Can you hike in Switzerland in winter?
Hiking in Switzerland during winter is perfectly possible. There are many groomed winter trails. Some are very easy and flat, and even suitable for wheelchairs and prams. Others are more challenging.
Winter hiking is a great activity: you can enjoy the Swiss snow scenery in peace and quiet. And you can take wonderful pictures.
You’ll find explanation about different kinds of snow hiking in Switzerland here. And we provide suggestions for easy winter trails with spectacular scenery!
What’s the difference between winter hiking, snowshoe hiking and cross-country trekking?
Winter hiking is hiking with regular hiking boots or snowboots. You’ll walk over groomed snow trails. The easiest trails are suitable for nearly all hikers, including kids and elderly.
Snowshoe hiking is done with flat soles, attached under your hiking boots or snowboots. You’ll also use trekking poles. Snowshoe trails run over more difficult terrain with deeper layers of snow. This type of hiking requires more stamina than normal winter hiking.
Cross-country trekking, or cross-country skiing, is different from hiking. Find more information here.
What’s the best time for winter hiking?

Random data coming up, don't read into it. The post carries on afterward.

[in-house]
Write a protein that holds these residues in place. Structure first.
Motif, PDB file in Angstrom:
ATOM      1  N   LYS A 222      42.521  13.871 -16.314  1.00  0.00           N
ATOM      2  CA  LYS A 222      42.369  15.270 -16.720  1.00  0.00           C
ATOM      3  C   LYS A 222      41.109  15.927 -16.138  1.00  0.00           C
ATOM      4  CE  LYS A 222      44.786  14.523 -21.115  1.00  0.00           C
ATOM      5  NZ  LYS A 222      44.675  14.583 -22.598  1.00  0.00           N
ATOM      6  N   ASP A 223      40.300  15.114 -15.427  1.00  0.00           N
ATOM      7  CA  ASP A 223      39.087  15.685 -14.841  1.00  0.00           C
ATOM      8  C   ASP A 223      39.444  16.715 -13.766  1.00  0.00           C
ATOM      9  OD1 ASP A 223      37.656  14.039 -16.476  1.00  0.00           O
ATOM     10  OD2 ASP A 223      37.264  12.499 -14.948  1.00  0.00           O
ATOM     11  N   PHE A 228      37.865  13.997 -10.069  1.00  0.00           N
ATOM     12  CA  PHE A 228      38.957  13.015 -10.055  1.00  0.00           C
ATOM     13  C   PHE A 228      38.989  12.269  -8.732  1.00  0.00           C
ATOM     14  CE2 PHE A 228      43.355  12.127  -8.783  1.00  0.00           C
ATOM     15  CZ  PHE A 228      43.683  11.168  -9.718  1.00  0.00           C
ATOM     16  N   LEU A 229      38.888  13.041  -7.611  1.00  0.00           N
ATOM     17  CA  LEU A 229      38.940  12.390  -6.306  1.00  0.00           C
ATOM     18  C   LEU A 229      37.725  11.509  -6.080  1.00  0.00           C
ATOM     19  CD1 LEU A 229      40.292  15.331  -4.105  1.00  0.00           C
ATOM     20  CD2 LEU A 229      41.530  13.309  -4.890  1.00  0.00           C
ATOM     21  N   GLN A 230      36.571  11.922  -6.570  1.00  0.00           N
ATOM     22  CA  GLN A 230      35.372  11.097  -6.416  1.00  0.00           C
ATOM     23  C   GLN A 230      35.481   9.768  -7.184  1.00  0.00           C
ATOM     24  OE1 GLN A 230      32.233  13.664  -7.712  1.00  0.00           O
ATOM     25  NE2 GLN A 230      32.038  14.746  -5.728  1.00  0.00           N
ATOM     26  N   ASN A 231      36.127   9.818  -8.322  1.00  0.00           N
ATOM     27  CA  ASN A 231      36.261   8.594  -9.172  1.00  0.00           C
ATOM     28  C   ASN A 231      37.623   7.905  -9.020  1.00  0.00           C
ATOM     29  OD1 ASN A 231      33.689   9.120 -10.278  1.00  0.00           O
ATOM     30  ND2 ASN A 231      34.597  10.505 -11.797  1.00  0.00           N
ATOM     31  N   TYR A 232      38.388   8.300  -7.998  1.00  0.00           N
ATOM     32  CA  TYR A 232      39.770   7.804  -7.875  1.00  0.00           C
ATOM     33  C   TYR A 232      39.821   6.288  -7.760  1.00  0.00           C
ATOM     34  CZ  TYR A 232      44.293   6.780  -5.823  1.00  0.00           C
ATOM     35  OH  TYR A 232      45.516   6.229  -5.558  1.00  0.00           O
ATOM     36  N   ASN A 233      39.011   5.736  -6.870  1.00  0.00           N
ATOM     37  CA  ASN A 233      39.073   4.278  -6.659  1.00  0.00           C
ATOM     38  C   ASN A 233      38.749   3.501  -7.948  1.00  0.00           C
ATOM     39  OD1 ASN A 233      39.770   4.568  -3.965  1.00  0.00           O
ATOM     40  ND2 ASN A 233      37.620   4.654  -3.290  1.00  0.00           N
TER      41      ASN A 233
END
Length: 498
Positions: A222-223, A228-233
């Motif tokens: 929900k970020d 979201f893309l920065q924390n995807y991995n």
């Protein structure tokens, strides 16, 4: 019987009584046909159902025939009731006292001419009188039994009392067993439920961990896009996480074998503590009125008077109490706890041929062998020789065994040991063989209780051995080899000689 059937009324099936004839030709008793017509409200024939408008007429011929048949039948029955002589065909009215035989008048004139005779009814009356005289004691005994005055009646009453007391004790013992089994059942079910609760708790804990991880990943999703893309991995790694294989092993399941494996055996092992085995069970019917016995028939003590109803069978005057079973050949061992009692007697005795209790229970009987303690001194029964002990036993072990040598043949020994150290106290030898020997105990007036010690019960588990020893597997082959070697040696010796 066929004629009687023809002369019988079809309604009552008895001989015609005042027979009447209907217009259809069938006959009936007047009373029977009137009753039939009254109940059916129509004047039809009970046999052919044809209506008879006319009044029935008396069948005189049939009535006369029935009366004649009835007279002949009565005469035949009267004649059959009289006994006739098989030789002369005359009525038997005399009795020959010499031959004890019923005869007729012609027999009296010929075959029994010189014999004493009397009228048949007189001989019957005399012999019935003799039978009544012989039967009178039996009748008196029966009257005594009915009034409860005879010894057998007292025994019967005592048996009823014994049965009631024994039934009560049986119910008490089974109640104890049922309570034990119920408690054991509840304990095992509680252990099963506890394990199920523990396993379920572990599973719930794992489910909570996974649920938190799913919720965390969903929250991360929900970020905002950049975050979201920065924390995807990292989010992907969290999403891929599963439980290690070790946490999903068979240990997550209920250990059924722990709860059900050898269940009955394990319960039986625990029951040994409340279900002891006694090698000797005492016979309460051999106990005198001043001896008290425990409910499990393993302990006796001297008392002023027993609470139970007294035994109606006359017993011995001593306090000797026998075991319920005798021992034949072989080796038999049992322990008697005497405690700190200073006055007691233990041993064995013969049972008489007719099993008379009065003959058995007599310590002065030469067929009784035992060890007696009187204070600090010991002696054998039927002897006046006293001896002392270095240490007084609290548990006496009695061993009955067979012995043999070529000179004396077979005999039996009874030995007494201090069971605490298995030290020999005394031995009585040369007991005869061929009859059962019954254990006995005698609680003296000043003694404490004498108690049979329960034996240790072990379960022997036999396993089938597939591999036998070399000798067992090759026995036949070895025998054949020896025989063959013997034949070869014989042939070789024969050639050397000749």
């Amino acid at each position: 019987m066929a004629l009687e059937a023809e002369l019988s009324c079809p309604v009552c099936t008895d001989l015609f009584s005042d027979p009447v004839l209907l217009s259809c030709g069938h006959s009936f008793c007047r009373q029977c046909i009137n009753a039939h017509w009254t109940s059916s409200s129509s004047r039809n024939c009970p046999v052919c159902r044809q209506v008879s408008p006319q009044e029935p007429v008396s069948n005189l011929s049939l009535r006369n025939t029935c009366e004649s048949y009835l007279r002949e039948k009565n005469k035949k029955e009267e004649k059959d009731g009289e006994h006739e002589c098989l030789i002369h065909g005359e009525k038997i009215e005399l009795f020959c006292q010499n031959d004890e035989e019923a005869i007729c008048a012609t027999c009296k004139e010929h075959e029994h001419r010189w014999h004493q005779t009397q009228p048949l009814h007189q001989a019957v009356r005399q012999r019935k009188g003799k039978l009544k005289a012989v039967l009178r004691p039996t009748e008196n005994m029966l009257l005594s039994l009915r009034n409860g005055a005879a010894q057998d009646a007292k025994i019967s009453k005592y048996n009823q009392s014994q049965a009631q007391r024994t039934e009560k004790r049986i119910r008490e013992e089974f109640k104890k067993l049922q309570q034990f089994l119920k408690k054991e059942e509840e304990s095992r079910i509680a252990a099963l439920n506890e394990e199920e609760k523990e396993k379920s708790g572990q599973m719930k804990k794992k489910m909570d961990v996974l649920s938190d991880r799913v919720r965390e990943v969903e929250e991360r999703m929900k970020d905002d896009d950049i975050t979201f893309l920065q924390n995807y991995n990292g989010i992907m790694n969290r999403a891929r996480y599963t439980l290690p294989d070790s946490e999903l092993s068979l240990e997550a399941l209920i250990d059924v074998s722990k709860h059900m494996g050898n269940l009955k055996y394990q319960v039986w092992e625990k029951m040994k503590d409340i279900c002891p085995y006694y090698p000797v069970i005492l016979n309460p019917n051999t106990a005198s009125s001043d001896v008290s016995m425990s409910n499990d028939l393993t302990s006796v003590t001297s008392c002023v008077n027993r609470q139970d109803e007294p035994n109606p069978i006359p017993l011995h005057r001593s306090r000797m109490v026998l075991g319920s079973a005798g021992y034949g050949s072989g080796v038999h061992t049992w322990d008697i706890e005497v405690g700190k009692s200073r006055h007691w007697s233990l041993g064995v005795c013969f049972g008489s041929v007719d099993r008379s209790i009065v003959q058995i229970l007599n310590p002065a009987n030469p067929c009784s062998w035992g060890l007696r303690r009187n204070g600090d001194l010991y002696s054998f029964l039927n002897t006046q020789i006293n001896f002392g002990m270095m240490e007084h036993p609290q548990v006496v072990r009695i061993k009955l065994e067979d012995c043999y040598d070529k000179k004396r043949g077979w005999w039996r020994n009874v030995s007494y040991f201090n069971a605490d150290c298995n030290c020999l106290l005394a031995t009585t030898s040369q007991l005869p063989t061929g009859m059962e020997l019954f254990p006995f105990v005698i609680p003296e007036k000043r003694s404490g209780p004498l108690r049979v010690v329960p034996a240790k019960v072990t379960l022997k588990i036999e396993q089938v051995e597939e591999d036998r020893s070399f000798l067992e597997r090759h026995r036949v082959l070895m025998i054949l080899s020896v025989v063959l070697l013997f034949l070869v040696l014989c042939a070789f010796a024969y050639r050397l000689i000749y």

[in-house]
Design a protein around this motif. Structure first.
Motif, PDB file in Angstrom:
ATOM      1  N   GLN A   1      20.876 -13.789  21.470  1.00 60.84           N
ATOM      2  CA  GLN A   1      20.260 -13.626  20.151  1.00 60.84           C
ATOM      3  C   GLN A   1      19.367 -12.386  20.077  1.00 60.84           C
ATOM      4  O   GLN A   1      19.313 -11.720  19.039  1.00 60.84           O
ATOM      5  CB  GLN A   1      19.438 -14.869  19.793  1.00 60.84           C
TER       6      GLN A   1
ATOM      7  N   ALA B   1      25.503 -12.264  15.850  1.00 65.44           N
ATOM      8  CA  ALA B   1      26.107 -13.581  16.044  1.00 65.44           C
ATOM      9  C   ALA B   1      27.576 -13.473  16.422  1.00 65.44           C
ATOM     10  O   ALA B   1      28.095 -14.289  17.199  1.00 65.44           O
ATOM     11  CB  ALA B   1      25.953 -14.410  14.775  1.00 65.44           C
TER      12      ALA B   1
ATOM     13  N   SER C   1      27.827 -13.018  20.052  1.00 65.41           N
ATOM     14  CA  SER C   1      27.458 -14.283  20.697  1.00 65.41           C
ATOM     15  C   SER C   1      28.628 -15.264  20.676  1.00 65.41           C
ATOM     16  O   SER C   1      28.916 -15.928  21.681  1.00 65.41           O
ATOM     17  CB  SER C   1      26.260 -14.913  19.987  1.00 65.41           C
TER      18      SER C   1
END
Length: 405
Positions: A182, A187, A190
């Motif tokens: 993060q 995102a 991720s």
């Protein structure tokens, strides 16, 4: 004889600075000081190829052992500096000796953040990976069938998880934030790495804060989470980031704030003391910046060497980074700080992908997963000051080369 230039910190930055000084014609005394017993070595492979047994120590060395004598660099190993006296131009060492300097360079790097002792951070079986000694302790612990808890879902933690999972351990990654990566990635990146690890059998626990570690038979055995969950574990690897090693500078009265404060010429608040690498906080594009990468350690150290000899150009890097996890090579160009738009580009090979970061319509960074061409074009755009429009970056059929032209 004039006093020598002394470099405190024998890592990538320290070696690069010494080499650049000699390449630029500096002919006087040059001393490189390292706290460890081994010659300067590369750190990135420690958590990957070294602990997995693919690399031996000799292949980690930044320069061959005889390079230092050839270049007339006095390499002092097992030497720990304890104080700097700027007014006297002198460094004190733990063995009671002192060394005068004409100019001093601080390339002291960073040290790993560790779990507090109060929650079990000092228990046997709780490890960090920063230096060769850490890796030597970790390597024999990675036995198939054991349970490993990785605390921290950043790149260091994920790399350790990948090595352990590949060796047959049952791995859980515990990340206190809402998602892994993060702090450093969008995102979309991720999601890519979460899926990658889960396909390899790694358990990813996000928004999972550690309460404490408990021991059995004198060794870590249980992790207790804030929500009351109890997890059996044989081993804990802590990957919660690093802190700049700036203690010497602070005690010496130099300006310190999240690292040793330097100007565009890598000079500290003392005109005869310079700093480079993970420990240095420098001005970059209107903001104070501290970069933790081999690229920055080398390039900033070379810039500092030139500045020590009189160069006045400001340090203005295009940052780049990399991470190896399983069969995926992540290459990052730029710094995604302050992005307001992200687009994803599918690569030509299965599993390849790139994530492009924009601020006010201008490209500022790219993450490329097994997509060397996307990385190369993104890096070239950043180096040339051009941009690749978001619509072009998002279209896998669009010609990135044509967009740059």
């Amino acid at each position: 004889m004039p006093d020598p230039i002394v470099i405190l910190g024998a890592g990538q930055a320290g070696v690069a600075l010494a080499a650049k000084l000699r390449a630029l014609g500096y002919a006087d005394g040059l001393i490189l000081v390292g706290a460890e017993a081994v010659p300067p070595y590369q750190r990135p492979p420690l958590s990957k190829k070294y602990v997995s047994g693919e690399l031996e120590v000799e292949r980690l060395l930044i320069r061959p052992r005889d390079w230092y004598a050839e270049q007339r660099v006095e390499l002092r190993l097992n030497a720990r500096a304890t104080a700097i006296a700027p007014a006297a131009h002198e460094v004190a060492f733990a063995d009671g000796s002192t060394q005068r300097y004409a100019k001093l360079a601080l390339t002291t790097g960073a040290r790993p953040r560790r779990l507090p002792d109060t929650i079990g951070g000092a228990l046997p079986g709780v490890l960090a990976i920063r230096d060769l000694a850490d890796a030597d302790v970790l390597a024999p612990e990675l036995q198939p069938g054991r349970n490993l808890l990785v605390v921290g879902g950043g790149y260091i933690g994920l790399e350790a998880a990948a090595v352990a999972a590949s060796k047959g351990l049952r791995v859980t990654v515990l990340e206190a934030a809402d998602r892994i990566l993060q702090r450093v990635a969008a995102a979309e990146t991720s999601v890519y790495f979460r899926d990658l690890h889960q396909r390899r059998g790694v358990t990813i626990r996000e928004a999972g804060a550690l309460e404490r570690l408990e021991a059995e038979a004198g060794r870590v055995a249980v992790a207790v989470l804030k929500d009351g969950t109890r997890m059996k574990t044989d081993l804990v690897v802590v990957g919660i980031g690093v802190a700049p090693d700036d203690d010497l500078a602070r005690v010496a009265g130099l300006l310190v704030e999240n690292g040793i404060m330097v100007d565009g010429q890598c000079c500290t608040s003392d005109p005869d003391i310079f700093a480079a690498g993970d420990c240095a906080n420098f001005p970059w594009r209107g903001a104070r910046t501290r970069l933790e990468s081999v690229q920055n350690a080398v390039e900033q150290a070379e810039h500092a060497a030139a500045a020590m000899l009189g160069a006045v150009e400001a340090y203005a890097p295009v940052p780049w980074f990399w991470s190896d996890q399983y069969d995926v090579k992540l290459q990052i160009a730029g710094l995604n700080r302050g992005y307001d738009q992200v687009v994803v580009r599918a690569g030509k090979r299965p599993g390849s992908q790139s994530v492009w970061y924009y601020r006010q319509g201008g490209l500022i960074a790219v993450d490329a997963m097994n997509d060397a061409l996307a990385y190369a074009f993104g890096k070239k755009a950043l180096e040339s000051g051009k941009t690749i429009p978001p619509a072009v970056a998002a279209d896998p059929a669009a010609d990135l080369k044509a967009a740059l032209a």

The best months for snow hikes in Switzerland are January, February and March. That’s when there’s most snow in the mountains.
The exact opening dates for groomed winter trails vary. They depend on weather conditions and the amount of snow. Routes at higher altitude are usually open longer than routes at lower altitude. In favorable snow conditions, the highest routes may be open from December to April.
Winter hiking on groomed winter trails
Regular winter hiking in Switzerland is a great activity for nearly everyone. You don’t need special gear, except for waterproof hiking boots or snowboots and warm clothes.
Switzerland has many prepared winter hiking trails. Snow on these trails is pushed down to a flat layer, so that you don’t sink into it. The paths are broad and safe. Still, hiking on pressed snow is tougher than on normal summer soil. That’s why a snow hike takes about 25% more time than the same distance in summer.
Winter trails are available in several difficulty levels. The easiest routes are no longer than 5 km (3,1 mi) and have no more than 200 m (656 ft) of altitude difference.
Snow trails are signalized by pink signs, depicting a black hiking figure.
Snowshoe hiking on prepared trails
You need snowshoes for snowshoe trails. Information is available here.
Snowshoe trails are prepared, signalized trails too. But the snow is not pressed down as much as on regular winter trails. There are deeper layers of snow. The flat snowshoes prevent you from sinking into the snow.
Snowshoe hiking requires a better physical shape than regular hiking. A snowshoe hike takes about 50% more time than the same distance in summer. Since snowshoe trails aren’t groomed continually, fresh snow can make conditions harder.
Snowshoe hiking trails come in several difficulty levels. The easiest routes are no longer than 4 km (2,5 mi) and have no more than 200 m (656 ft) altitude difference.
If you’re not experienced, pick short and easy routes only. You can also book a tour with a professional guide.